As I left the Principal's office, we passed by the outdoor classroom and Dott’s garden, one of the new additions to the school. It really is impressive even on a cold and wet November morning. Complete with an outdoor blackboard, weatherproof seating and sheltered by a sturdy gazebo, only that it was pelting rain we might have taken Mary’s photo there.

Breaking boundaries, Mary was one of the first females to complete a Leaving Cert at an all boys school across the road at The Sem, and Mary has taught nothing other than boys throughout her career. In her personal life Mary and her husband Eoin are blessed amongst women with five daughters; Annie, Elizabeth, Jane, Susie and Maryann, but quite the opposite in her career as the first ever female Principal in the history of The Mon NS.

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Killarney man to launch second Irish history book

By Sean Moriarty Killarney native Patrick O’Sullivan Greene will launch his second book in the Great Southern Killarney on December 2. O’Sullivan Greene explains Éamon de Valera’s mission to gain […]

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By Sean Moriarty

Killarney native Patrick O’Sullivan Greene will launch his second book in the Great Southern Killarney on December 2.

O’Sullivan Greene explains Éamon de Valera’s mission to gain recognition for the newly formed Irish republic in New York in 1919 in his latest book ‘Revolution at the Waldorf: America and the Irish War of Independence’.

Without American recognition and funding the young Irish Government was sure to fail against the might of the British Empire and the book tells the story of how de Valera and Ireland-based Michael Collins – much to the defiance of the British authorities at Dublin Castle – got the new State off the ground.

O’Sullivan grew up in New Street and is now based in Beaufort after a career in finance took him all over the world including Dublin, London, New York and France.

“Killarney is the natural place for me to launch the book,” he told the Killarney Advertiser.

“There will be an interesting mix of people there.”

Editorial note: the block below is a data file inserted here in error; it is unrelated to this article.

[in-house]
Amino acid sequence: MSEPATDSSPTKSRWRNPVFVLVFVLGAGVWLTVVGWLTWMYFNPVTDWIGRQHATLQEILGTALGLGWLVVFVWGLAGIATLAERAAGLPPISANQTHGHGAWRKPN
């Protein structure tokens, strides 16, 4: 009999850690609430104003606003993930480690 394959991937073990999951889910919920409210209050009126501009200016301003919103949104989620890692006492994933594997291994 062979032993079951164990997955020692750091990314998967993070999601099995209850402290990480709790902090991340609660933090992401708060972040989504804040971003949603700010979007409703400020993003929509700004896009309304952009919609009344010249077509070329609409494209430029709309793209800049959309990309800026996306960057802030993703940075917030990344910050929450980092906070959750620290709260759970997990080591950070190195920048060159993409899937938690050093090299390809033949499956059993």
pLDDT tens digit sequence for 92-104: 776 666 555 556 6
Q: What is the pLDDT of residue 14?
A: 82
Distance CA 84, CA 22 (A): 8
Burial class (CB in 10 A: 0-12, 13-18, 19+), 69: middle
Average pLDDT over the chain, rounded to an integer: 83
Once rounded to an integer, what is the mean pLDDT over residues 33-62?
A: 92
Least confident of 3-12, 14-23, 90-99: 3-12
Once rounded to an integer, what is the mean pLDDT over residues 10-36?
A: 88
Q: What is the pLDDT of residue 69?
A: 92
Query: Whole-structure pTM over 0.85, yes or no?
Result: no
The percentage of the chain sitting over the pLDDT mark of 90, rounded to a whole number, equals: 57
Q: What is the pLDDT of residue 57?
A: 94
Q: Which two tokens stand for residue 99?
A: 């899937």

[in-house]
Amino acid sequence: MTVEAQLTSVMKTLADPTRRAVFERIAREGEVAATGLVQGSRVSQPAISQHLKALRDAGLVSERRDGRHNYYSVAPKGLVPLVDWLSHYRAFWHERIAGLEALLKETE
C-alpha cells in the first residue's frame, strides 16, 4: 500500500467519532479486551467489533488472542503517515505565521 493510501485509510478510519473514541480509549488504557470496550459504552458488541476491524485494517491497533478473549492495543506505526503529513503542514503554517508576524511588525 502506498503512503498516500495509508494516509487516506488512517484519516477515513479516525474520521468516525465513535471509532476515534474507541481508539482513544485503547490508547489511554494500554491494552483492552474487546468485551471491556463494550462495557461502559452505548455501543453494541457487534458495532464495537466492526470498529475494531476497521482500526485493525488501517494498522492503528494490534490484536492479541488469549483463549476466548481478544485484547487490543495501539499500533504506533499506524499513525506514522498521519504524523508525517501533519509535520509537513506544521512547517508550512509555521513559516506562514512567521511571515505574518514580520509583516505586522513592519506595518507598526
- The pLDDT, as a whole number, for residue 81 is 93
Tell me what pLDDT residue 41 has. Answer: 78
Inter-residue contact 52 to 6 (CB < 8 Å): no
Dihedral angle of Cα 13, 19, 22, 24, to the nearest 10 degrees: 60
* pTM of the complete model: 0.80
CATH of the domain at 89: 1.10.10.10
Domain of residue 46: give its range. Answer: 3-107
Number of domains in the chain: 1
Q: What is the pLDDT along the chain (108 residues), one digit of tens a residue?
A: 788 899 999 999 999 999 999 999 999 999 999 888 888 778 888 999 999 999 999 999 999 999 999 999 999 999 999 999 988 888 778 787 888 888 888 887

O’Sullivan Greene published his first book, ‘Crowdfunding the Revolution: The First Dáil Loan and the Battle for Irish Independence’, in 2020.

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Caring group craft charity blankets

By Michelle Crean One community group have shown that they care deeply for others by crafting handmade blankets for charity. Using their range of skills and some colourful wool, members […]

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By Michelle Crean

One community group have shown that they care deeply for others by crafting handmade blankets for charity.

Using their range of skills and some colourful wool, members of Kilcummin Community Care worked together to make blankets for service users on the Kerry Cork Cancer Health Link Bus.

“Each blanket is assigned as a personal gift to the clients using the Cancer Link Bus and is kept by them,” Kate Fleming, Chairperson of Kilcummin Community Care, said.

The knitting of the squares to make the blankets began at a gathering in the Rose Hotel in 2018. It was a gathering of different volunteer groups.

The Kerry Cork Cancer Health Link Bus were requesting knitted squares to make blankets for the clients who were using their facilities, she explained.

“Kilcummin Community Care were knitting at the time, so it was decided to help out this worthy cause. We received donations of wool from people in the parish and surrounding areas. Kilcummin ICA also got involved in the efforts.”

During the two years of COVID-19, members of both organisations continued to knit and are still knitting to the present day.